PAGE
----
Before and After the Crocus City Hall Attack: Tajik Migrants in Russia

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Before and After the Crocus City Hall Attack: Tajik Migrants in Russia

An interview with Malika Bahovadinova on the complexities of the Tajik migration experience in Russia.

Before and After the Crocus City Hall Attack: Tajik Migrants in Russia

Saidakrami Murodali Rachabalizoda, a suspect in the Crocus City Hall shootings, is escorted by police and FSB officers in Basmanny District Court in Moscow, Russia, on March 24, 2024.

Credit: AP Photo/Alexander Zemlianichenko, File

On March 22, as a Russian band was preparing to take the stage at the Crocus City Hall concert venue in the outskirts of Moscow before a sold-out house, four gunman entered the hall. They opened fire and set the concert hall ablaze. More than 500 people were injured, and ultimately 145 people were killed.

Almost immediately, media reports identified the attackers as ethnic Tajiks. Two days after the attack, four suspects appeared in a Moscow court, each bearing visible signs of torture – bruised eyes, a severed ear. Their court appearance was prefaced by videos circulating on social media of their violent interrogations.

The exact number fluctuates, but it’s estimated that around 1 million Tajik citizens are in Russia at any given time; in 2022, remittances, as a share of Tajikistan’s GDP, hit 51 percent. 

Despite media reports of increased pressure on Tajik migrant workers and others from Central Asia in Russia in the wake of the Crocus City Hall attack, “Racialized violence was always part and parcel of mobility to Russia,” political anthropologist Malika Bahovadinova told The Diplomat.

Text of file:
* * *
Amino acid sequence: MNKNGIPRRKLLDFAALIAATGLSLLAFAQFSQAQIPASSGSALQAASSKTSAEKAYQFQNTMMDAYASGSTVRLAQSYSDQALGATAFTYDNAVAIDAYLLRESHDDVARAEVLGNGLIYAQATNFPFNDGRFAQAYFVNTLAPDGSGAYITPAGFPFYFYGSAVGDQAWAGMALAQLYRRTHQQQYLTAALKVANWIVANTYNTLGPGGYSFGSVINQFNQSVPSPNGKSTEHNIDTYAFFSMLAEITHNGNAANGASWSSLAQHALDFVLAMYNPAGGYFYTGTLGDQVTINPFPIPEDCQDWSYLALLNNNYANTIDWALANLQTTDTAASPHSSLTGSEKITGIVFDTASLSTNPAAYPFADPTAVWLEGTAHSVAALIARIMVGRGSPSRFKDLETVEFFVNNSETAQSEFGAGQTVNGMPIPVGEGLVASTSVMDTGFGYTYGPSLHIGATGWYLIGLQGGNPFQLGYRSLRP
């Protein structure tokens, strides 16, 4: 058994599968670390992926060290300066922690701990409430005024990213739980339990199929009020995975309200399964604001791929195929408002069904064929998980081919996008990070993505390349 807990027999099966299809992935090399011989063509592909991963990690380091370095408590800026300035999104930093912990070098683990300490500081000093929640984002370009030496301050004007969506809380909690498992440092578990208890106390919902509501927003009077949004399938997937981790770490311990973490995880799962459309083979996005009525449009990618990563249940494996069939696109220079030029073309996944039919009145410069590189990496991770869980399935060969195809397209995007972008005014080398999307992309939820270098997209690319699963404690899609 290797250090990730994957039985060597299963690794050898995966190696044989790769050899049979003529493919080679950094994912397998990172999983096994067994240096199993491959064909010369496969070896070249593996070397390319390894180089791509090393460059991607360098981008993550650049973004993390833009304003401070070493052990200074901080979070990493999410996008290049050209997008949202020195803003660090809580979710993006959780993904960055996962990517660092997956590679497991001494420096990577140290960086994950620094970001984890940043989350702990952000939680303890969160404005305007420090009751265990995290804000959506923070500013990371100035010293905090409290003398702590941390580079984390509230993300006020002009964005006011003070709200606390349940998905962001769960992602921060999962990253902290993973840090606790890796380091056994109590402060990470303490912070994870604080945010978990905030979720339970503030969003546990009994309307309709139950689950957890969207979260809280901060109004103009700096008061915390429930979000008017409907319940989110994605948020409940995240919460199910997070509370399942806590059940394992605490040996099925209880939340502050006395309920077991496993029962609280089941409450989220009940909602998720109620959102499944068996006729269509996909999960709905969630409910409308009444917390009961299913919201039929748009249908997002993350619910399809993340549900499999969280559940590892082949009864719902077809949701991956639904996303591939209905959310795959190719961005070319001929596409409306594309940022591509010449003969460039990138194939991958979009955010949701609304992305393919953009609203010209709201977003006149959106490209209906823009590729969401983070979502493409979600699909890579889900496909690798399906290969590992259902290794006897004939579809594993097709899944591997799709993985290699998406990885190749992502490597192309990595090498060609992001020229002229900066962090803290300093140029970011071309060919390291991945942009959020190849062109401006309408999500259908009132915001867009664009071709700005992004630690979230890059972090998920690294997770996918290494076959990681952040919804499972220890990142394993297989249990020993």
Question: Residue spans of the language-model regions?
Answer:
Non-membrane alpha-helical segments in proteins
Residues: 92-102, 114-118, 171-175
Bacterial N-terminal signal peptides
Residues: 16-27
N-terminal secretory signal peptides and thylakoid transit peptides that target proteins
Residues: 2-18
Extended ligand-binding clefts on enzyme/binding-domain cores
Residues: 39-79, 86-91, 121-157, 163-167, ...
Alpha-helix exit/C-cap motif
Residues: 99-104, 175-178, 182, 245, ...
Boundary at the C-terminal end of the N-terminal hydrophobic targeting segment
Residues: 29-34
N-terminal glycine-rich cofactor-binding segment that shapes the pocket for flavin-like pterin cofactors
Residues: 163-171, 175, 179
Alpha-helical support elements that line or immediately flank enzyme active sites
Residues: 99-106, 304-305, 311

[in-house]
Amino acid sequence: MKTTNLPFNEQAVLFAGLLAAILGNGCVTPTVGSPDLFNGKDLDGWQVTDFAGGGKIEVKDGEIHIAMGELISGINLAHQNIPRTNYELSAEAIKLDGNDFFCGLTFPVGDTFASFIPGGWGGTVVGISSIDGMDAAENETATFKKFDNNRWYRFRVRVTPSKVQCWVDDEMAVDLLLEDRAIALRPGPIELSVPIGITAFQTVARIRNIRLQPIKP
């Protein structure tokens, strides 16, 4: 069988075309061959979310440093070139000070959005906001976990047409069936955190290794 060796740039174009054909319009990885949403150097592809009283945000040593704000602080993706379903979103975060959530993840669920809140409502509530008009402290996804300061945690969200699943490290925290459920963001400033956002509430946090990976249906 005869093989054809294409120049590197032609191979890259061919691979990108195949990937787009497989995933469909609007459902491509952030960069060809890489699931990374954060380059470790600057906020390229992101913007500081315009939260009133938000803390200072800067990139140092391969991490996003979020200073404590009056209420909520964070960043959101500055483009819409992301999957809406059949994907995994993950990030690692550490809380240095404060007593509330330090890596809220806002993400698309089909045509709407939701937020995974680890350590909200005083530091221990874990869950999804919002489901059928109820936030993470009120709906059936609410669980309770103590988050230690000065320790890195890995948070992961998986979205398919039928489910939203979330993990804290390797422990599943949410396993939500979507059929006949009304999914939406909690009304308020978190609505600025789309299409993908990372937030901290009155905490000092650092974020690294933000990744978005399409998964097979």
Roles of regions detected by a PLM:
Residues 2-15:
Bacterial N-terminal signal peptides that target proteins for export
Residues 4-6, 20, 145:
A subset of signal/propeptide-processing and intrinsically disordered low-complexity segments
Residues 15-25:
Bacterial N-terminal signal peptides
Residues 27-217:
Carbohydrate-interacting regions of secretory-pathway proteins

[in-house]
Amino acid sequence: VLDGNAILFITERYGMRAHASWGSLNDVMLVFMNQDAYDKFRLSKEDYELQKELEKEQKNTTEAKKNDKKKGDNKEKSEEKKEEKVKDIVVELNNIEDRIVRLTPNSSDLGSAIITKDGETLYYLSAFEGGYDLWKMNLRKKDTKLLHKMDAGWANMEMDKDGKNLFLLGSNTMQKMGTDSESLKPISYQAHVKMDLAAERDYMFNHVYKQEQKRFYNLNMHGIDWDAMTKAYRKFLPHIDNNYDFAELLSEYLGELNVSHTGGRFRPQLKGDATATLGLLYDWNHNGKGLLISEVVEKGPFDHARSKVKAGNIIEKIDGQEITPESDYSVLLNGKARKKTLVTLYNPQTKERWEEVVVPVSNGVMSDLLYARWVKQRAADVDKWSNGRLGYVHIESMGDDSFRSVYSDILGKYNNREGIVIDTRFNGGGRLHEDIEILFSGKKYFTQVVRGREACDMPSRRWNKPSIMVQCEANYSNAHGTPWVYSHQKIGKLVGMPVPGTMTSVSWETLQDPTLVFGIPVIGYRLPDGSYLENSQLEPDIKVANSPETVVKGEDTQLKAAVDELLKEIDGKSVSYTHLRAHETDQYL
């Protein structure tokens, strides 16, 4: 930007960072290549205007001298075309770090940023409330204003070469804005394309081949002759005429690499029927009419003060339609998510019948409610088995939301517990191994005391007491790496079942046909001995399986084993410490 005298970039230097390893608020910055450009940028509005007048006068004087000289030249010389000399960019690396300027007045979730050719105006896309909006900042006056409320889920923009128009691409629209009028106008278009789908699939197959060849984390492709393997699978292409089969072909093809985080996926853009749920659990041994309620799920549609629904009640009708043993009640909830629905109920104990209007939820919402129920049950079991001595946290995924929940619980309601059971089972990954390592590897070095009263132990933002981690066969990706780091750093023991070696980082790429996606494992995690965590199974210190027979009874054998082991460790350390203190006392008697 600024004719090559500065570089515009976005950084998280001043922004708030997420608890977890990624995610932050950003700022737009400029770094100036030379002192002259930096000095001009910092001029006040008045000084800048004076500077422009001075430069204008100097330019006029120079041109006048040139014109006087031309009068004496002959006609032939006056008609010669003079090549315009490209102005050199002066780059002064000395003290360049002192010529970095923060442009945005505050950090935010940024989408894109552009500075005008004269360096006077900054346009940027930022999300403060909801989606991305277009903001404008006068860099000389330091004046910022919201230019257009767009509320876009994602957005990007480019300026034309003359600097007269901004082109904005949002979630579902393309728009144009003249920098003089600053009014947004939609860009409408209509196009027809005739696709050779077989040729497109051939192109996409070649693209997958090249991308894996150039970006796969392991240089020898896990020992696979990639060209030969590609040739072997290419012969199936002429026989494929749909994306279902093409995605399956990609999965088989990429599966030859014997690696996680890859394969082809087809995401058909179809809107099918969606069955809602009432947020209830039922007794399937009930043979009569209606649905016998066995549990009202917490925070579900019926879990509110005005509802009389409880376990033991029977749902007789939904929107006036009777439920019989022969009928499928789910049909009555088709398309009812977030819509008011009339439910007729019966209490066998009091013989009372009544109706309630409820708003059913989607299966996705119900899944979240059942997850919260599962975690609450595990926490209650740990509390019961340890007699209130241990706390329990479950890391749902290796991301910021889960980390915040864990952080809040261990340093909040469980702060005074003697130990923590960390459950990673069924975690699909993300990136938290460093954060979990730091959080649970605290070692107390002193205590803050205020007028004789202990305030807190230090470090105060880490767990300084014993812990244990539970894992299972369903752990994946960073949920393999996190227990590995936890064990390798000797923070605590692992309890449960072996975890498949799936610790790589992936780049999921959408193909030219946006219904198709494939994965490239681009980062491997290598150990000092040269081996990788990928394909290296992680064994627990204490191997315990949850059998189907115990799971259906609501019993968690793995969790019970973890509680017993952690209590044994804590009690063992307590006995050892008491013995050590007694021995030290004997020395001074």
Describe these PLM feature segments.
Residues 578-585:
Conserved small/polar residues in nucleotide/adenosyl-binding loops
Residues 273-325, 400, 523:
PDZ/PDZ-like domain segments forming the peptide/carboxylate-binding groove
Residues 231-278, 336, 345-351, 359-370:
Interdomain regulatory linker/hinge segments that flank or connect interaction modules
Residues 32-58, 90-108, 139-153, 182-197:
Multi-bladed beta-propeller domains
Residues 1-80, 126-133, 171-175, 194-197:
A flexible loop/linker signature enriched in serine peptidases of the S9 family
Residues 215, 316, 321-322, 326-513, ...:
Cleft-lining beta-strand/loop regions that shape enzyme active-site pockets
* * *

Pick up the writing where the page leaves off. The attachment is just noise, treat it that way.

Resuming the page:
In the following interview, Bahovadinova, a postdoctoral scholar at the University of Amsterdam researching Central Asian migration to Russia, explains the role Tajik migrants play in the economies of both Russia and Tajikistan, dives into Russia’s ever-evolving migration system, and helps dissect some of the complexities often missed in reporting on Central Asian migration to Russia.

In the wake of the Crocus City Hall attack, we have seen increased media reports of incidents of discrimination and abuse directed toward Central Asian migrants, particularly Tajiks. How have conditions changed for this community since the attack? Is the present moment a continuation of existing conditions or a departure?

The past month certainly has seen more reports of violence and abuse against migrant workers – but in many ways the situation had been worsening before this as well. Indeed, 2023 was also a year of increased violence against foreign workers in Russia. In May 2023, it started with 100 students from Tajikistan being rounded up in their dormitory and severely beaten by law enforcement in Russia. According to eyewitness accounts, law enforcement officials entered the dormitory, locked the entry and exit doors, blocked the cameras, and started to beat all the students. It is unclear why the students were targeted in this incident; according to available accounts if someone dared to ask the reason for the assault they were beaten more. 

Racialized violence was always part and parcel of mobility to Russia, with Tajikistani citizens often bearing the brunt of such violence for no reason other than being representatives of the least protected group. However, such open displays of torture – such as we have seen after the recent attack – were quite shocking. 

Tajikistan citizens tend to be the most marginalized of minority groups in Russia, including in their treatment by law enforcement. As a result, the collective punishment of migrant workers in the aftermath of the tragic attack did not come as a major surprise, unfortunately. Suddenly, rates of deportation increased, people with darker phenotypes were stopped throughout cities by the police, raids and verification intensified.